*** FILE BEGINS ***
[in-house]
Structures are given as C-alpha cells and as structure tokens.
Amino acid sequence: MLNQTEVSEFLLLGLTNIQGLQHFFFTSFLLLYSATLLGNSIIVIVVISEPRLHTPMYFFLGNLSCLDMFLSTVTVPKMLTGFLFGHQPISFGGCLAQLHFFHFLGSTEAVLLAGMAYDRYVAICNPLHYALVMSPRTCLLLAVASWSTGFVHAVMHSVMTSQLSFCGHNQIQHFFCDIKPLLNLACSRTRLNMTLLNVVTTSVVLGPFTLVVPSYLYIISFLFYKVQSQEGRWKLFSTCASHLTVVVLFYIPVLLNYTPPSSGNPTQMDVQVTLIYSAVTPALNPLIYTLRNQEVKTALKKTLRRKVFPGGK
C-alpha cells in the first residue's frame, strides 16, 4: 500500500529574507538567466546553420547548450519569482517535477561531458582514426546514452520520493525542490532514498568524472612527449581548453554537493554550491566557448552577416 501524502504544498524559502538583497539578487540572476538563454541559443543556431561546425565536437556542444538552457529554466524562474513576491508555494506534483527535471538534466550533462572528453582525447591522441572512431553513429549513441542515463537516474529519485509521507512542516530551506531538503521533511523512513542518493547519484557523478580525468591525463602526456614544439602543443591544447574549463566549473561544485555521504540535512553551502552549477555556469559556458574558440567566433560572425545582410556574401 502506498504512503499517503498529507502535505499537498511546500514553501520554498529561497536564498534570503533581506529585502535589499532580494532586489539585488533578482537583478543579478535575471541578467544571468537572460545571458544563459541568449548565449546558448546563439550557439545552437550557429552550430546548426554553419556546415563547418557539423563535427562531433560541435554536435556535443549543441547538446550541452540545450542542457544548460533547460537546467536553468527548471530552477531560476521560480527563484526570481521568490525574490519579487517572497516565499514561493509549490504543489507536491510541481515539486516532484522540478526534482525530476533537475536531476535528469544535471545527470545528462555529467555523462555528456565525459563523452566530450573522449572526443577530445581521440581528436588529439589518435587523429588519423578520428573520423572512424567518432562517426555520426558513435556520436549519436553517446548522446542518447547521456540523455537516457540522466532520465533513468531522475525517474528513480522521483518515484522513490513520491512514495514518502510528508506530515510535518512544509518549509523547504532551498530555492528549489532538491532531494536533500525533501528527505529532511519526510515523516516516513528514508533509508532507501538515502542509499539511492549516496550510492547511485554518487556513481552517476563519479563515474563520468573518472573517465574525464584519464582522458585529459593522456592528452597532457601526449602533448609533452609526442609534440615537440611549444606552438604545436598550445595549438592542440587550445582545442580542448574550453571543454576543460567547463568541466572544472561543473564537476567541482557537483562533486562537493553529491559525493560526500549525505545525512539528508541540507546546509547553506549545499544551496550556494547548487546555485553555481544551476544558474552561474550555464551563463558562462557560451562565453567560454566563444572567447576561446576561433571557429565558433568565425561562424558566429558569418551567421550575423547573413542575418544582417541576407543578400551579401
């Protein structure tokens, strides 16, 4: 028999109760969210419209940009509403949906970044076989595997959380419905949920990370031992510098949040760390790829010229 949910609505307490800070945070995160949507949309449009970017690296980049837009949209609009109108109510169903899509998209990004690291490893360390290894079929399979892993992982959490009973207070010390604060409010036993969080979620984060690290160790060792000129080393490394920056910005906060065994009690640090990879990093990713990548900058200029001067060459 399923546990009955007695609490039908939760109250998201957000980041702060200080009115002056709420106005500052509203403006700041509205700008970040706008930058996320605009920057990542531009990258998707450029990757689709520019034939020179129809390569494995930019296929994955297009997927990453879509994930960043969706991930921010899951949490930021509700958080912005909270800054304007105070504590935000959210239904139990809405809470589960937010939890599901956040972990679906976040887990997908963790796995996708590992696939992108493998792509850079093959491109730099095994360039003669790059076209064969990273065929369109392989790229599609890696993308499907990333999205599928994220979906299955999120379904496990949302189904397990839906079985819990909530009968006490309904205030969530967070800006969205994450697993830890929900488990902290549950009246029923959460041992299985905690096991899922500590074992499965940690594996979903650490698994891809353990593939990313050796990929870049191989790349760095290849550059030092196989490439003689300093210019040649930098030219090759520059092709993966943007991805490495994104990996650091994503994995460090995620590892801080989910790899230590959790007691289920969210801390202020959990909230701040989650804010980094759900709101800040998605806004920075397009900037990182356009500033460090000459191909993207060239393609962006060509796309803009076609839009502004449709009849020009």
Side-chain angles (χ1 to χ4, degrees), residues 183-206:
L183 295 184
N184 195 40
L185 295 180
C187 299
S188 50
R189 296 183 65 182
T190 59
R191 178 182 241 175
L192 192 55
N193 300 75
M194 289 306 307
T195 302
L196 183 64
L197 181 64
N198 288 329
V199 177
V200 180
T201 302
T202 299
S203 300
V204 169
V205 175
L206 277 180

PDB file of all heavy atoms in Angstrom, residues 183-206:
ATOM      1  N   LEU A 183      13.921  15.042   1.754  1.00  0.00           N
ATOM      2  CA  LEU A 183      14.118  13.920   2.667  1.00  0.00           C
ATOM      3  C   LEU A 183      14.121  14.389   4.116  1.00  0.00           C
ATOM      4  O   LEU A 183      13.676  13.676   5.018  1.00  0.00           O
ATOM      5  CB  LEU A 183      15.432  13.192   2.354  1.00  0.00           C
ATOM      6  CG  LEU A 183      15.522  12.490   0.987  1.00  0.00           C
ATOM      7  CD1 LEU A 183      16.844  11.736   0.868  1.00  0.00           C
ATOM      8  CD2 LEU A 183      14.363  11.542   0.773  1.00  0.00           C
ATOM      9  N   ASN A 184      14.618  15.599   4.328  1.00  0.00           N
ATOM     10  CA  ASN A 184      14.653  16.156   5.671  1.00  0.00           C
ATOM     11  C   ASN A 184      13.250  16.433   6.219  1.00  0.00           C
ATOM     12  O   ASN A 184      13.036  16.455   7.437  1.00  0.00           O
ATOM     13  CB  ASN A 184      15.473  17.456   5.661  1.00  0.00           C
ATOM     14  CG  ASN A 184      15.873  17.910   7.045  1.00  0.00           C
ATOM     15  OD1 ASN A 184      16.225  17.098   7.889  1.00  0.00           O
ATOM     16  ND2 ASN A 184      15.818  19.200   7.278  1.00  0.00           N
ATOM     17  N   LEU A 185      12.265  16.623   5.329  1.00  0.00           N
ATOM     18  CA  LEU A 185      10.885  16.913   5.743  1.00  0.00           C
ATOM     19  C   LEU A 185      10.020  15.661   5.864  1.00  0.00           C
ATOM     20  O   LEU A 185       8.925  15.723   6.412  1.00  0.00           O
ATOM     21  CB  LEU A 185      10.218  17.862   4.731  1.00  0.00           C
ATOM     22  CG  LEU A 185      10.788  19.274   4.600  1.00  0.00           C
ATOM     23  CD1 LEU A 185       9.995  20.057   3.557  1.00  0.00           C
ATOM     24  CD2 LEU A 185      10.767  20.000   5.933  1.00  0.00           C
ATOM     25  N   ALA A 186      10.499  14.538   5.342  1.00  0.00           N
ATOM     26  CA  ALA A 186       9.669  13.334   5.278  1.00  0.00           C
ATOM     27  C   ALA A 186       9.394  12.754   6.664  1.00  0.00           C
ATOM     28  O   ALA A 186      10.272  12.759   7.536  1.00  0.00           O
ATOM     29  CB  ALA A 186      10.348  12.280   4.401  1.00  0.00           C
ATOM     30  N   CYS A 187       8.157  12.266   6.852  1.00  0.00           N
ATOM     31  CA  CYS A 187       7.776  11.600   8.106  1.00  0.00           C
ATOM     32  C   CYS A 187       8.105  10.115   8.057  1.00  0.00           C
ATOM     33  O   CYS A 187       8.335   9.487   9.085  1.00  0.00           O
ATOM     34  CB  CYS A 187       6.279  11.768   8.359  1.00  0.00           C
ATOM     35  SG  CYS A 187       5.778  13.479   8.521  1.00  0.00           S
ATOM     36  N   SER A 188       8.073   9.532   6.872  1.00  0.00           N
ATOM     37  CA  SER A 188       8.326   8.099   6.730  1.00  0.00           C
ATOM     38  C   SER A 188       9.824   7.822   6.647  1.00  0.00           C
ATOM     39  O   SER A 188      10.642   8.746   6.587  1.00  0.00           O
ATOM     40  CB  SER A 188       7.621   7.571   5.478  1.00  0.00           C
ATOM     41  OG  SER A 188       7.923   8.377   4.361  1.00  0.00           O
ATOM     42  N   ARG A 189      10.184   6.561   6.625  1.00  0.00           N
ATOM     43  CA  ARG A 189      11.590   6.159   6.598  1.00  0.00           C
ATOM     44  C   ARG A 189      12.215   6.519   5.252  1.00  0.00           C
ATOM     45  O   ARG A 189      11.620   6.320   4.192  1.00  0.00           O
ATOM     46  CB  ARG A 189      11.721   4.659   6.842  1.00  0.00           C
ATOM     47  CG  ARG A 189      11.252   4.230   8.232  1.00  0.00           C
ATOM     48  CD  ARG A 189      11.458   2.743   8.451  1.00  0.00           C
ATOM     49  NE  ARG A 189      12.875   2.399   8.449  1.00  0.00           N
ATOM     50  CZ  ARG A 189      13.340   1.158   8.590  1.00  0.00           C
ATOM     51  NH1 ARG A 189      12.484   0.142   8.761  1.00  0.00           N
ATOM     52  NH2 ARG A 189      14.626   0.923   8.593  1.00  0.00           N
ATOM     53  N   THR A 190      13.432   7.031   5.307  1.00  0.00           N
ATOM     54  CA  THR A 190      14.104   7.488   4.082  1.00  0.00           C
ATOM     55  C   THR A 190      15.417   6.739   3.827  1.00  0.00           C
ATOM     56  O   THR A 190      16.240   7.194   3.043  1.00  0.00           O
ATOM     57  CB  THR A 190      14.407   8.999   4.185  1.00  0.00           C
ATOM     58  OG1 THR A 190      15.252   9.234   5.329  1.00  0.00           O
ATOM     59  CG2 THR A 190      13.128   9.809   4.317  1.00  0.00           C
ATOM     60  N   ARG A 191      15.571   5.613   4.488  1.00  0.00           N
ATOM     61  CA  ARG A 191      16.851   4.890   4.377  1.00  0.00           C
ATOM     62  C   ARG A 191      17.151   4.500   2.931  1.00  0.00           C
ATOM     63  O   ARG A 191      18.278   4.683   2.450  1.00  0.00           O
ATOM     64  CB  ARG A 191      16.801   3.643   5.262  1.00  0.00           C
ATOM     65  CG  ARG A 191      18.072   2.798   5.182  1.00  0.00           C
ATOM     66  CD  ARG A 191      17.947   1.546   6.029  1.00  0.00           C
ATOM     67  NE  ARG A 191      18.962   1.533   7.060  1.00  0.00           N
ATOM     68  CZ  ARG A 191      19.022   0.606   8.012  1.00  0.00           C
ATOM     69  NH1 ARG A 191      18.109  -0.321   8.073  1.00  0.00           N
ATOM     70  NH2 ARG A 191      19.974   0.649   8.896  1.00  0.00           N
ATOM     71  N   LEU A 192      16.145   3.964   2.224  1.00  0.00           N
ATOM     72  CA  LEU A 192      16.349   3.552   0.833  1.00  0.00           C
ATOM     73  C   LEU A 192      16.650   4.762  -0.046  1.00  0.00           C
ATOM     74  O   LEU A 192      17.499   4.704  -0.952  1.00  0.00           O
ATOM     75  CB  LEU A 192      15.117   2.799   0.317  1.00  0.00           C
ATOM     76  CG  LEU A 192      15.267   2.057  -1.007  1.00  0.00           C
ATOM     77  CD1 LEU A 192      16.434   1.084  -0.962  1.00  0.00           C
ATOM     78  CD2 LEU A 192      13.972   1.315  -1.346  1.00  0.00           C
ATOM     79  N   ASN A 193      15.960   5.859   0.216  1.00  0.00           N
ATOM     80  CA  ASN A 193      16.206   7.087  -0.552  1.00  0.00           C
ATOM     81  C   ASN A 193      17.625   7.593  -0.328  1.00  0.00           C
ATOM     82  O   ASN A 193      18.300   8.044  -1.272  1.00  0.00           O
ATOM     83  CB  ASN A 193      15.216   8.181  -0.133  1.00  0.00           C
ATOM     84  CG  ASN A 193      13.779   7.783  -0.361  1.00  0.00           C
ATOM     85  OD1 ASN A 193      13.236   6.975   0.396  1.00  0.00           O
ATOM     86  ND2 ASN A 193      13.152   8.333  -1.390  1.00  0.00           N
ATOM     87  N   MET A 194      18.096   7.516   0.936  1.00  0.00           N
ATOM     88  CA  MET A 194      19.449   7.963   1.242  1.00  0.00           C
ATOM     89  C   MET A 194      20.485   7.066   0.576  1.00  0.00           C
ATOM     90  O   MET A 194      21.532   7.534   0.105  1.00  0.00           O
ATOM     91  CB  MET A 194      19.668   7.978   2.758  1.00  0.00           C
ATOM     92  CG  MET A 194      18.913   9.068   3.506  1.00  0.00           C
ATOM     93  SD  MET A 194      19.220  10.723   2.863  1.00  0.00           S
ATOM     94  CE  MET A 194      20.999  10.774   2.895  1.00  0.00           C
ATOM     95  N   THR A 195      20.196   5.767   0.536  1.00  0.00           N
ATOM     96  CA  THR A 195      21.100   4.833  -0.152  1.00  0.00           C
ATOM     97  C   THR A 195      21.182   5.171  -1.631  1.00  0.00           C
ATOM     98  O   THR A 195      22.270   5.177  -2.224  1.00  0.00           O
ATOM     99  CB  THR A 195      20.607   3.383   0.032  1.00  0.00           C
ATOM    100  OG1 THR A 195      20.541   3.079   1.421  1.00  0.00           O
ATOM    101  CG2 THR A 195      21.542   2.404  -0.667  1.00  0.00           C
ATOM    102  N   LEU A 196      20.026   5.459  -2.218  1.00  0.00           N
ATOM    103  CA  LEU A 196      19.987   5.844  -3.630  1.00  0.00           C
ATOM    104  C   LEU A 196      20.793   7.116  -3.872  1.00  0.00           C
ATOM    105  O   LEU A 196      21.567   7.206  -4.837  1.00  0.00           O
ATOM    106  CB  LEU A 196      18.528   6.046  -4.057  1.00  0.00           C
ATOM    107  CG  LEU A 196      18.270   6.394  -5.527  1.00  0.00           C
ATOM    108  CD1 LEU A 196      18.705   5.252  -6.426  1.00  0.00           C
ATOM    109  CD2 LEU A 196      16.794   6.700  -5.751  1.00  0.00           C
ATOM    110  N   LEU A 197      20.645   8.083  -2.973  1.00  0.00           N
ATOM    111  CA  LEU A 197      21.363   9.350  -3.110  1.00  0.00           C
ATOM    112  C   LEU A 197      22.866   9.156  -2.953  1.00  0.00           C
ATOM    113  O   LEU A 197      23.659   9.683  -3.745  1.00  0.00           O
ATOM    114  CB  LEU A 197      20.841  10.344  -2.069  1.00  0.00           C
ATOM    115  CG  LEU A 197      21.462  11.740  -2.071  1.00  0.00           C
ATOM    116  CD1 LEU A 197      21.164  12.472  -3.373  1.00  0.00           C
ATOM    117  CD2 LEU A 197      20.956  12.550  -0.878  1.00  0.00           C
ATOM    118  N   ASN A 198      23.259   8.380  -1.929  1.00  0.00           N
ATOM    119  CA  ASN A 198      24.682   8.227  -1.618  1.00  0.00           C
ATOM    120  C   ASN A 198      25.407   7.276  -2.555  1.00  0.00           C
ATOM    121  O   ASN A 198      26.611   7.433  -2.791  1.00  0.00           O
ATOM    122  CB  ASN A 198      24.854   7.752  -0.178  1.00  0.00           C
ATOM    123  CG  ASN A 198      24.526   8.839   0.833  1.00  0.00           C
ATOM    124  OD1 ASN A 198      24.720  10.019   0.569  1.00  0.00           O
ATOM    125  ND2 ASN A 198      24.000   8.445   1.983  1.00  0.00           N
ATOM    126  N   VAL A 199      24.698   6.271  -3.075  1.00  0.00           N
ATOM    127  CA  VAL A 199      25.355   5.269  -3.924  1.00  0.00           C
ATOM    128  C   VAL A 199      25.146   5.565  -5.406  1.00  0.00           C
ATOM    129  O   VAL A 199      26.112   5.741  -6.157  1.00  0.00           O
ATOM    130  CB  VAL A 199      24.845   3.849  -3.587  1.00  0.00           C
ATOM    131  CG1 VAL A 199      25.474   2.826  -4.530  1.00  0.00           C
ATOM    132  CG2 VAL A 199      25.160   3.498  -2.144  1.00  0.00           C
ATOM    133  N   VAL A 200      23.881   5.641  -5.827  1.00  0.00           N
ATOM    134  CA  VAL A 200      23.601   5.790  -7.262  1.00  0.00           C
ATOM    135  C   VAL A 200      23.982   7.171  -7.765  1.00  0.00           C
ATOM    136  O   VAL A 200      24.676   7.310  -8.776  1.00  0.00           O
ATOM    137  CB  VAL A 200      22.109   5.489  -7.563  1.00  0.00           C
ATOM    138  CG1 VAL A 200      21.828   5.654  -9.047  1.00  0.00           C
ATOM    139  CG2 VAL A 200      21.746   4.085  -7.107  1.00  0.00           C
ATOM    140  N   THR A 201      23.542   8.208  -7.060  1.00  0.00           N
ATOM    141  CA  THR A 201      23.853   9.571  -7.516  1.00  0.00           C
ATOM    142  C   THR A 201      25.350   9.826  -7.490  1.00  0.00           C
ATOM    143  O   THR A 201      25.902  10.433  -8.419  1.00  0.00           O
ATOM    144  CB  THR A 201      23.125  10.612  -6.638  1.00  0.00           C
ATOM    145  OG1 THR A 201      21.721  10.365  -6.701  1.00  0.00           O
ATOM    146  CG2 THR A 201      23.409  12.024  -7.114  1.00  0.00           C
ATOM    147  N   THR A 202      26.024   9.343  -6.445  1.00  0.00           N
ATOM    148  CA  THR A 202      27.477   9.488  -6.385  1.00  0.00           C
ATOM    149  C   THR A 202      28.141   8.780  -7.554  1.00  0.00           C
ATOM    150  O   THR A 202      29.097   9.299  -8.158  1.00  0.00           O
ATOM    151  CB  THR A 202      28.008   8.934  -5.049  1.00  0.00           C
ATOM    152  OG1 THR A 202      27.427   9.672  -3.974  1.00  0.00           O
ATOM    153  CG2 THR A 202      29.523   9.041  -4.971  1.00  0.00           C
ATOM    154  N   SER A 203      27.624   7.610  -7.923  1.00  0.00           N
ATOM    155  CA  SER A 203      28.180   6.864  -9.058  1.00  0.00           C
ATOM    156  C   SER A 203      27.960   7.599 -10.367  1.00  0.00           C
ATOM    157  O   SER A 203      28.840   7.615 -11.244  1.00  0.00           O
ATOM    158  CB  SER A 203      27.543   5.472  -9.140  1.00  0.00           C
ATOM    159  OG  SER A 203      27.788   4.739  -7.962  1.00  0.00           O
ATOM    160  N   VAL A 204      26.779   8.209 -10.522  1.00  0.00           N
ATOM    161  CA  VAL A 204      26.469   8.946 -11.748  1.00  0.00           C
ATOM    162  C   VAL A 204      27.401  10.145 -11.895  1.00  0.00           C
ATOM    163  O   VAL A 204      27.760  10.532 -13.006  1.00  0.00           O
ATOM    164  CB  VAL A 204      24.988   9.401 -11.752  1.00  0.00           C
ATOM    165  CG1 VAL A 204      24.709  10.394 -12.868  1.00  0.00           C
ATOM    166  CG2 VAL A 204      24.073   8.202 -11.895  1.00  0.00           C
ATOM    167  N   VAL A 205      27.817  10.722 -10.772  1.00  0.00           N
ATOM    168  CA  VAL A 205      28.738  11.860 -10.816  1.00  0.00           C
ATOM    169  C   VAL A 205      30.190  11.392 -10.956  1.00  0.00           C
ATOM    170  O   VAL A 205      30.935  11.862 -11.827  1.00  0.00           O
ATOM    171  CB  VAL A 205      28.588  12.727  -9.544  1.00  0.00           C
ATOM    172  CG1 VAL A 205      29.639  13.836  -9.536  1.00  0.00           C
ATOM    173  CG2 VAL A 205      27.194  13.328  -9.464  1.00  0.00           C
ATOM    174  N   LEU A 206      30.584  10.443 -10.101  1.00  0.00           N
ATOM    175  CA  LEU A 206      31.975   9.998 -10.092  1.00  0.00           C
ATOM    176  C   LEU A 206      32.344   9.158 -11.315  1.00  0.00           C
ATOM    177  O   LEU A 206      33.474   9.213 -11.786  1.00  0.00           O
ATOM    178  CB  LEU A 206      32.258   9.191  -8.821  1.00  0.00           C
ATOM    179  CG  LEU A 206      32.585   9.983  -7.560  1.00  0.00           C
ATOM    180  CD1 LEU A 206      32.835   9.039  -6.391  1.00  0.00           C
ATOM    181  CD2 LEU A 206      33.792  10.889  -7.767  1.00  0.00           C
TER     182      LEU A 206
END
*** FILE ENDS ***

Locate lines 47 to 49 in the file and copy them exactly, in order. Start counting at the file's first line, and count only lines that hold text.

ATOM     17  N   LEU A 185      12.265  16.623   5.329  1.00  0.00           N
ATOM     18  CA  LEU A 185      10.885  16.913   5.743  1.00  0.00           C
ATOM     19  C   LEU A 185      10.020  15.661   5.864  1.00  0.00           C